In the last three years, I’ve often pondered how we as a species, continue to populate the planet. Parenting is not easy and statistics show that affluent families are having fewer children, or waiting to have them much later than their parents did, while lower income families (often single parent ones) are having the same numbers or more children as in the past, and at a relatively early age.
When you consider the cost of raising children, one wonders how we do it. Those who can conceivably afford to get help, have elected to forego children. As I often do, I again come back to blame the dual income family. This lack of children among the affluent almost always coincides with a dual income household. The really interesting thing is that I can watch this little mystery unfold in my very home.
My wife comes from a very large family of 7 children. Dad always worked and mom was always there for the kids. My wife always felt that she wanted lots of children; in fact we used to have mini-arguments about how many we would have. I wanted 2, she 4. Nearly eight years into our marriage and two boys later, my wife recently turned to me and declared, “If I say I want more children, shoot me.”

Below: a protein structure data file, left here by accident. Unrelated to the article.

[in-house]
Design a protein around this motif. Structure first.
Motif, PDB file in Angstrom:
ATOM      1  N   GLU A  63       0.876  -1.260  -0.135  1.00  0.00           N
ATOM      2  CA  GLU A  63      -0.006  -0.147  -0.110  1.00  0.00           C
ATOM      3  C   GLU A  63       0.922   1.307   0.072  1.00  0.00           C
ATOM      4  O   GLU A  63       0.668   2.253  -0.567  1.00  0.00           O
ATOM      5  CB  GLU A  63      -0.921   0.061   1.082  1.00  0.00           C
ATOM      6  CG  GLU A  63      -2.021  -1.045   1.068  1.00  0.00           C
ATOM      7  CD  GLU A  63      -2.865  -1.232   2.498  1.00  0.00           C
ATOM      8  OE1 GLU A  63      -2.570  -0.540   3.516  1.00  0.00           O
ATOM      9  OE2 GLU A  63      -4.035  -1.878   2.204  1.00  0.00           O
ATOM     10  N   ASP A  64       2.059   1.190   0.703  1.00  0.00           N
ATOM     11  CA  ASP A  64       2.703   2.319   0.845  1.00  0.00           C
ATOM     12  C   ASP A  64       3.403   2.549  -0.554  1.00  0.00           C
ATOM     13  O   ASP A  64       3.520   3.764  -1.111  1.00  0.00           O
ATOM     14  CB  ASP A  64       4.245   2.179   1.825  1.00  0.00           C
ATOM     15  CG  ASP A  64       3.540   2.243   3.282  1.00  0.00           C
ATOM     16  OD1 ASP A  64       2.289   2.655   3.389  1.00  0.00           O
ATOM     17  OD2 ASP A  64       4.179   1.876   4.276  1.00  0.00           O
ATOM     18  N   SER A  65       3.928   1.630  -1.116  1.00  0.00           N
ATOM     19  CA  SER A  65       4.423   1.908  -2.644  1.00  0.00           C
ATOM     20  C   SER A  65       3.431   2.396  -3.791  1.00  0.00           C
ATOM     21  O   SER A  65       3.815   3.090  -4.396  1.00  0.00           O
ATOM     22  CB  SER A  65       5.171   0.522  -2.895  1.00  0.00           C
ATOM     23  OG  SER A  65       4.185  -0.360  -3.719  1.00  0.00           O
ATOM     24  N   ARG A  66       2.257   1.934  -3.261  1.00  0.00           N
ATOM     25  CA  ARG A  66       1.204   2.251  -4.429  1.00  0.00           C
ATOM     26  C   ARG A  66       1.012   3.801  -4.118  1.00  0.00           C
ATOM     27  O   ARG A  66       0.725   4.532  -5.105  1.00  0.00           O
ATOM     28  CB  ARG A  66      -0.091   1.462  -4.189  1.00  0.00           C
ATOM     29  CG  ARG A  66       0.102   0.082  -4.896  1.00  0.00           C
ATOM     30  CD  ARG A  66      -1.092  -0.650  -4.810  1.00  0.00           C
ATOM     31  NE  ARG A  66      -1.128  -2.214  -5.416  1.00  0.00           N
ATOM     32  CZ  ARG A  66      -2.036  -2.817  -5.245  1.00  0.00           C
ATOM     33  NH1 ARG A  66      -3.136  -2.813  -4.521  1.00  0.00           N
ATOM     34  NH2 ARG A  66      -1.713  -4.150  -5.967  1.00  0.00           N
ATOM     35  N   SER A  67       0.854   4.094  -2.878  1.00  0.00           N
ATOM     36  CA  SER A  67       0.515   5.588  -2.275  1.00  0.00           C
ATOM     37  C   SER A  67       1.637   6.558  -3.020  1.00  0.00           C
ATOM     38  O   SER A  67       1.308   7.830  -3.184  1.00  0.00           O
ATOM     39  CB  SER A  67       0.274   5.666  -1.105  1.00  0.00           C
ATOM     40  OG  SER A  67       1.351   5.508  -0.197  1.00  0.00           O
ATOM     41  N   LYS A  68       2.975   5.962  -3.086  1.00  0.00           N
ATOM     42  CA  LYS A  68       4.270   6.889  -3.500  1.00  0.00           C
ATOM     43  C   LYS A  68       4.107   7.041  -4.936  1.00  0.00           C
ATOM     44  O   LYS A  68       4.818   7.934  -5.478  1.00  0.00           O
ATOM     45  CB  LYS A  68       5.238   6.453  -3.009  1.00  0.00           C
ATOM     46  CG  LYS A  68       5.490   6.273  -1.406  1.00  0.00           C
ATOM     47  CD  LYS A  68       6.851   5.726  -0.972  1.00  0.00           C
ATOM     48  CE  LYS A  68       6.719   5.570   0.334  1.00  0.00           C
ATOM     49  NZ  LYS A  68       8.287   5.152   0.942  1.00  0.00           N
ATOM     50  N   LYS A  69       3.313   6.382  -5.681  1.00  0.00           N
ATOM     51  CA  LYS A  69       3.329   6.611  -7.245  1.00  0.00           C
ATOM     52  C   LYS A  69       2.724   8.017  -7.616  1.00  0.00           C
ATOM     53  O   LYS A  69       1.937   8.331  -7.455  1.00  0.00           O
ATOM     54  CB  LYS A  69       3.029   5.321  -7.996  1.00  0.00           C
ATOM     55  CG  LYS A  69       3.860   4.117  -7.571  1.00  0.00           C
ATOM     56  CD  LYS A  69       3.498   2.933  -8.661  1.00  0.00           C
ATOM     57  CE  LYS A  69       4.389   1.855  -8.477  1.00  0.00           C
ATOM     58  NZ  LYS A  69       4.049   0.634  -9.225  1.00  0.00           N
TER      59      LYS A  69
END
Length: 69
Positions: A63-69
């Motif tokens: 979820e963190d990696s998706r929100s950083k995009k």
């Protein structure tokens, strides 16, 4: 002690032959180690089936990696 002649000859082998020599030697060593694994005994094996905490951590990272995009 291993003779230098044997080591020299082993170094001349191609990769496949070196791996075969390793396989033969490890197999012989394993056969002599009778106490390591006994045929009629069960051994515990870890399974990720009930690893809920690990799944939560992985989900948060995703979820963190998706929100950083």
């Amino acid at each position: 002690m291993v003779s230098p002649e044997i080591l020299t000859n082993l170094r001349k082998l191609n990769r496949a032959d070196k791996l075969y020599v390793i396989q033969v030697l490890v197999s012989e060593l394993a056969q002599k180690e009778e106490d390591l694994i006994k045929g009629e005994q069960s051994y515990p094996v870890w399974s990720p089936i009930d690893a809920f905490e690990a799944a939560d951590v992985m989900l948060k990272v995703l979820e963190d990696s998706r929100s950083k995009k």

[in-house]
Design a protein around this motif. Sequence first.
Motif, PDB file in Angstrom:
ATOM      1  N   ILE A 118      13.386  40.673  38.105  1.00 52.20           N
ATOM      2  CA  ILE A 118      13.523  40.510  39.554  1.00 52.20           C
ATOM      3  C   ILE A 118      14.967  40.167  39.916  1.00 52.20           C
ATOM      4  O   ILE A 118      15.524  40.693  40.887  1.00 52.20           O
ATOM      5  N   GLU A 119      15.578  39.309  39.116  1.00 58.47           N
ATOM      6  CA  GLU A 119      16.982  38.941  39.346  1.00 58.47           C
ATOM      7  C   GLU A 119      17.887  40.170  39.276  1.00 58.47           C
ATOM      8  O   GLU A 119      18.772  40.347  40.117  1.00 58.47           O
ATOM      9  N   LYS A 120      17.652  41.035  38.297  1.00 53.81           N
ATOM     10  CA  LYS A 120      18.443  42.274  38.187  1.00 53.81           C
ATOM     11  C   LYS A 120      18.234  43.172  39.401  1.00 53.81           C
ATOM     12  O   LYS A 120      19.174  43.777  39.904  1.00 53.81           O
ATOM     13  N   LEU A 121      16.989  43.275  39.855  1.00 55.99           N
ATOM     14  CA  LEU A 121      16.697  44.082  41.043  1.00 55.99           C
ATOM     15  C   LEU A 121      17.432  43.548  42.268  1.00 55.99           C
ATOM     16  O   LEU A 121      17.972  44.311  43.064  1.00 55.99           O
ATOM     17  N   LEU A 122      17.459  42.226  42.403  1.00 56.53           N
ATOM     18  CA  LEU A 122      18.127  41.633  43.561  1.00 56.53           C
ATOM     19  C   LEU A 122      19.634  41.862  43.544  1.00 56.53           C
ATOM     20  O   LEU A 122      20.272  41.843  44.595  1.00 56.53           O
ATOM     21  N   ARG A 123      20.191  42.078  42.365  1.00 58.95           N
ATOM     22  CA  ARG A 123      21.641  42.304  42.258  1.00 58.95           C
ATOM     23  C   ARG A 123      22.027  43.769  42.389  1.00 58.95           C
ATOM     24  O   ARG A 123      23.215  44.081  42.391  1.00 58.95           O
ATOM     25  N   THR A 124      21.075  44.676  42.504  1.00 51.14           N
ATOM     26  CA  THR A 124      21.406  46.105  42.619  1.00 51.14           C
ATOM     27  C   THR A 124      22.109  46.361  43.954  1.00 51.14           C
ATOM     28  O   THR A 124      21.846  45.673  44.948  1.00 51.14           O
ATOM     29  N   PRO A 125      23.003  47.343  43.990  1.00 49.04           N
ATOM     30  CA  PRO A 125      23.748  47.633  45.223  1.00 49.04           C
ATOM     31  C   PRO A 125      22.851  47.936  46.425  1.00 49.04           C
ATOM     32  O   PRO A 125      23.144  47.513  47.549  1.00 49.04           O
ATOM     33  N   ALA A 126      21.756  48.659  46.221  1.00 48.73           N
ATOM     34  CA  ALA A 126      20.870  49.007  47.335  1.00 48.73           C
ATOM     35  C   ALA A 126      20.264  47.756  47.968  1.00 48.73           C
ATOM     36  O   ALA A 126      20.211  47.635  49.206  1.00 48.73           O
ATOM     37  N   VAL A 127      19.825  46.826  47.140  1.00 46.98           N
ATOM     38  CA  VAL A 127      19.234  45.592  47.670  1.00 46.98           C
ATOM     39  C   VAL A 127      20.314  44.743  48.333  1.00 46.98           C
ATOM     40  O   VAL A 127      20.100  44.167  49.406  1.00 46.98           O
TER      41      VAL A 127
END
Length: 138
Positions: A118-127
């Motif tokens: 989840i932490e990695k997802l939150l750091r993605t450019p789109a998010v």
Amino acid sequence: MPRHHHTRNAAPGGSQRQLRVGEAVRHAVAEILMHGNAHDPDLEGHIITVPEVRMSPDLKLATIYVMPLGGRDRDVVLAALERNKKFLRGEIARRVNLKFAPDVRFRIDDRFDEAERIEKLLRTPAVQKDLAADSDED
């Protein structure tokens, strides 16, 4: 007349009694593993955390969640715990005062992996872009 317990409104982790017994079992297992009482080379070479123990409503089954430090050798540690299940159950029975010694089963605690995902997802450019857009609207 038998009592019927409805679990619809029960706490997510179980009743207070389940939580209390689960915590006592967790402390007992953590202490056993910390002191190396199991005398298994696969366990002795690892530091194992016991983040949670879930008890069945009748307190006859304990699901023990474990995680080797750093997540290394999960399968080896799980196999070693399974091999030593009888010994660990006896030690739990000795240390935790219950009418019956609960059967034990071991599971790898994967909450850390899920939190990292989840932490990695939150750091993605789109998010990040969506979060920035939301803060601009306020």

My my…curiouser and curiouser.
The question is then, “What changed?” Had my wife never become successful in her career, would she be happy as a stay at home mom? As it is, weekends wear us out watching just two kids, much less staying home and watching them for a whole week. I find it interesting that this whole “nurture” thing we’ve grown up expecting women to feel towards their children is all but a thing of the past.
The point being, that raising children is not easy. We thought we dodged the “terrible twos” bullet with our older son, only to have it rear it’s ugly head in his “threes.” And now of course having a newborn in the house, old questions as to “why” and “how” this whole children thing continues its popularity plagues my soul as I’m sitting in the Dutallier rocking my grunting son at 2:30 in the morning.
There’s an old saying of mine: “You can do a million things right and never get any credit, but you do one thing wrong and people never forget you for it.”
With children, I think the opposite is true: “Your children can act like the spawn of satan for a solid week, but when they get up in the morning, come over to you and give you a genuine hug–you know, one of those that they don’t immediately pull away from–you realize that it was all worth it.
Don’t get me wrong, I still only want two children, but it is in times like this that I realize how and why our species will survive. We thrive on love and acceptance, and children offer these without asking anything in return except our own love.
I get it now. It took two kids and months and months of sleepless hell, but I get it now.